Chen left the embassy Wednesday as part of an agreement between the two countries allowing him to stay in China but maintain ready access to U.S. diplomats. That deal fell apart when Chen, accusing Chinese officials of threatening his family, asked to leave the country.
Republicans, including GOP presidential hopeful Mitt Romney, hammered the administration's handling of the fragile negotiations, saying officials didn't do enough to ensure Chen's well-being upon his release from the U.S. Embassy.
Romney said Obama "failed to put in place the kind of verifiable measures that would have assured the safety of Mr. Chen and his family."
Clinton said Friday that the Chinese government will give Chen a student visa to travel, along with his family, to the United States, where he's been offered a fellowship.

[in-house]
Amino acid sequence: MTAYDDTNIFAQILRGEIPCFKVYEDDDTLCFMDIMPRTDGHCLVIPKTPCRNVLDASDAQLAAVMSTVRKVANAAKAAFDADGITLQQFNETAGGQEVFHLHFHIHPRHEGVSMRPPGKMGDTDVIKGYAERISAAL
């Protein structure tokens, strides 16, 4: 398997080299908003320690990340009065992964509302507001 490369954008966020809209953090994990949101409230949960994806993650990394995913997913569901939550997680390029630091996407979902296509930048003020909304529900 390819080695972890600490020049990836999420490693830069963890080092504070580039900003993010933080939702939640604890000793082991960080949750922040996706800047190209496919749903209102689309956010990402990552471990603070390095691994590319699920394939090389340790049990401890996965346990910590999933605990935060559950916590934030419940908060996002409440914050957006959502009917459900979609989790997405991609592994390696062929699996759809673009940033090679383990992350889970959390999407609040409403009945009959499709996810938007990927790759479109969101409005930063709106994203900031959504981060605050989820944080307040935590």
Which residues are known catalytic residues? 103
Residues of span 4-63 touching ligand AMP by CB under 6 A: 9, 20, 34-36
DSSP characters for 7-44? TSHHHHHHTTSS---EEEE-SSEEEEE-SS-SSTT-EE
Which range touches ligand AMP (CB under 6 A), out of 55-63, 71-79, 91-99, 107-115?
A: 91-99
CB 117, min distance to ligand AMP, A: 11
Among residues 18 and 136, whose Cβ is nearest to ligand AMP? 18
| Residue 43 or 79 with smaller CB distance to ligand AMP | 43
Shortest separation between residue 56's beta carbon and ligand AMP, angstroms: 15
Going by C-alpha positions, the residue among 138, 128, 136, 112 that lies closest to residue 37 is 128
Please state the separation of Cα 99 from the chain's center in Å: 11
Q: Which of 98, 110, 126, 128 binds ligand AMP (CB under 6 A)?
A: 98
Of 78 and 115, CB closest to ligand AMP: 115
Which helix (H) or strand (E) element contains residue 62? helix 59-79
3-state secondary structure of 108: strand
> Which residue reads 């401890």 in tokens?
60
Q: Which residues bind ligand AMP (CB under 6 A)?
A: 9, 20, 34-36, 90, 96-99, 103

"From the beginning, all of our efforts with Mr. Chen have been guided by his choices and our values," Clinton said. "Over the course of the day, progress has been made to help [Chen] have the future he wants, and we will be staying in touch with him as this process moves forward."
Pelosi's advocacy for Chen dates at least as far back as 2006, when Chen was imprisoned for his human-rights work.
"Chen Guangcheng is a champion of the Chinese people, and his brave actions should be praised by the government instead of persecuted," Pelosi said at the time. "Chinese authorities should acknowledge the exposure of official abuses and immediately and unconditionally release him from prison."
When she was Speaker in 2007 and 2009 she twice wrote to Chinese President Hu Jintao asking him to release several dissidents, including Chen, who was serving a 51-month sentence for disrupting public order.